Part of this will be about making the festival more inclusive. Though she admits Bath is "a particular kind of area", Clark is also clear that the diversity issue is not exclusive to Bath. "Throughout the years festivals have been markedly non-diverse in many ways: ethnicity, gender, class, age. I don't think that's necessary. I'm not going to be making people come to festivals, but I'd like it at the very least as if there wasn't some kind of invisible barrier to doing that."

According to Clark, there are two main reasons for this “invisible barrier”. The first is to do with how festivals are marketed: you need to make it clear the festival is open to all. The second is about how broad you make your programme. "This isn't about me and the things that I, as a programmer, can or have done," Clark says. "It's about recognising things that haven't been in publishing at large that need to change, making sure that voices that hitherto have been marginalised are represented."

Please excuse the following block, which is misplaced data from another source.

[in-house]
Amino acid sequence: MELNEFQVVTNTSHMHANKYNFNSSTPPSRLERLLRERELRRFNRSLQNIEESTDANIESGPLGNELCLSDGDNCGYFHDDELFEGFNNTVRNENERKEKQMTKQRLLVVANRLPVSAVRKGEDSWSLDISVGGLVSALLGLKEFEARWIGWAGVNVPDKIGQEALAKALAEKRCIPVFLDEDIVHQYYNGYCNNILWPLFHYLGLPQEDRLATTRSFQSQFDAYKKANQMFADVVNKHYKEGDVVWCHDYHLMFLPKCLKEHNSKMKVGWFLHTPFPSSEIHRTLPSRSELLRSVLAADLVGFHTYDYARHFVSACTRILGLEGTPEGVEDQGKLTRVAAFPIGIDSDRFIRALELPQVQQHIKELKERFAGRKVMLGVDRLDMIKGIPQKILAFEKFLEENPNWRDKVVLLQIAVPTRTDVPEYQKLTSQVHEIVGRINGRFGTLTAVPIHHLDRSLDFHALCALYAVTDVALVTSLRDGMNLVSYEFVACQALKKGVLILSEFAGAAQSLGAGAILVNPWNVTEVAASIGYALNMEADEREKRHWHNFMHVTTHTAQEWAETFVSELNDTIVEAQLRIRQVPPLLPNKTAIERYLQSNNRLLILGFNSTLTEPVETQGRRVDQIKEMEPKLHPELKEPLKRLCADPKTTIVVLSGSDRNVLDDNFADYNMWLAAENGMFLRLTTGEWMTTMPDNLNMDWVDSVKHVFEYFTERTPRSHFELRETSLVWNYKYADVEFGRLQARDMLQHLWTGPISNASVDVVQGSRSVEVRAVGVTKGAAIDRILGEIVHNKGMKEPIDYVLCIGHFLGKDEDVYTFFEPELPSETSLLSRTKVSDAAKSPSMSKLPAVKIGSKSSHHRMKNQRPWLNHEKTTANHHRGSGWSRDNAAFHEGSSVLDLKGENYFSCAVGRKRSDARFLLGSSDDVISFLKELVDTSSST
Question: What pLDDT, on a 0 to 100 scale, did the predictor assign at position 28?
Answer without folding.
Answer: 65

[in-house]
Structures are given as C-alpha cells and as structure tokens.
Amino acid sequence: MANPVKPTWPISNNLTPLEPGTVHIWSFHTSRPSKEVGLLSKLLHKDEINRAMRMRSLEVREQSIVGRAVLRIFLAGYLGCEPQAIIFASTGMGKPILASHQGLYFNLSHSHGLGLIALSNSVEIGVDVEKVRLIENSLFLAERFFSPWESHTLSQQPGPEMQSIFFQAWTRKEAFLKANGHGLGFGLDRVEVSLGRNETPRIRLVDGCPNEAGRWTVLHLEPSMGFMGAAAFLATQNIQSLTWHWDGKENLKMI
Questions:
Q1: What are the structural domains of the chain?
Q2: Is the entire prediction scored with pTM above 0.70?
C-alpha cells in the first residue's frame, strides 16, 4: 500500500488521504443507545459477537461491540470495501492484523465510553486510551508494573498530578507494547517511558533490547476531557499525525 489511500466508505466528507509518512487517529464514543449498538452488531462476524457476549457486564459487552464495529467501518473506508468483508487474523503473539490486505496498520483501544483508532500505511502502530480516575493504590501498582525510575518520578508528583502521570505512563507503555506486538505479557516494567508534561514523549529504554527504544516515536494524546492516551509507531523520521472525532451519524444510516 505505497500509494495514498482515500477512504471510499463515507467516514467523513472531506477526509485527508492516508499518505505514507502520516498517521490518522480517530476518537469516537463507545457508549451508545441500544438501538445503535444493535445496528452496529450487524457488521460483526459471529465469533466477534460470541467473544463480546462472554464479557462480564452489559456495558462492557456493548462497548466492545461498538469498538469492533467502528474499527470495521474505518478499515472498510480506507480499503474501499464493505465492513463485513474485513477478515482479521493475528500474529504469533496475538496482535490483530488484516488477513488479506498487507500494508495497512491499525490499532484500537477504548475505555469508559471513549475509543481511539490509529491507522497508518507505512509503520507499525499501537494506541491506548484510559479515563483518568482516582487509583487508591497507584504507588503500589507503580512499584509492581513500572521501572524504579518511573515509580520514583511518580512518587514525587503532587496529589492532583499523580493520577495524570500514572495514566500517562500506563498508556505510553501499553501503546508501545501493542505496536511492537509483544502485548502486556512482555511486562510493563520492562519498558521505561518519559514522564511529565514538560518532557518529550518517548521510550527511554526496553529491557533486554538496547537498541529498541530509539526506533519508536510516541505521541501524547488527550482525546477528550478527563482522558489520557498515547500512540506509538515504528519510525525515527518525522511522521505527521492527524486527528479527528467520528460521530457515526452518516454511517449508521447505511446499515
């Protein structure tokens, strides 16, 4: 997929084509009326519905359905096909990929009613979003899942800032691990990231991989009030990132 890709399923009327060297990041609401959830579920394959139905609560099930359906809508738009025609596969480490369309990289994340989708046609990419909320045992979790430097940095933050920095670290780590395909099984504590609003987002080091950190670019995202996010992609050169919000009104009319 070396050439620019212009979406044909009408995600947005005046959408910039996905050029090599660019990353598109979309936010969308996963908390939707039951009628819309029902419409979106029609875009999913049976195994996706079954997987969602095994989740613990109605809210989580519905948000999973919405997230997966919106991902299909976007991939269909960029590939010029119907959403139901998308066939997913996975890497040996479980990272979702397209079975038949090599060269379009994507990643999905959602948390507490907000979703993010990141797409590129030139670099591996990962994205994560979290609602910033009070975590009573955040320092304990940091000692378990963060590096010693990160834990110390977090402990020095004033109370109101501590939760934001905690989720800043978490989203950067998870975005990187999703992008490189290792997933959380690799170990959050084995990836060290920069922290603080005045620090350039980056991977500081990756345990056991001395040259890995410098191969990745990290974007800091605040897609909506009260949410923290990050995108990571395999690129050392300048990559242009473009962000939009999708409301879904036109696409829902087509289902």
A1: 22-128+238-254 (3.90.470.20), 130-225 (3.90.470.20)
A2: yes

In a similar vein, there have been a few notable articles in the press over the past few years claiming that festivals are elitist, but Clark maintains this is not the case - certainly not across the board. "That's like saying books are elitist. Books can't be inherently elitist." Books are books, Clark says, but they become politicised by their subject matter and the publication process. The same is true of festivals.

What’s more, Clark argues, this invisible barrier has little to do with price. "The basic event at a festival is cheaper than going to the cinema or a couple of beers at a pub. It's certainly cheaper than going to the football!”

Clearly, however, there are other issues. "It combines with the argument about making sure that books are places in which people see themselves reflected," Clark adds. Books can be key to opening doors into new perspectives, but they are just as crucially about seeing the world you know and understand.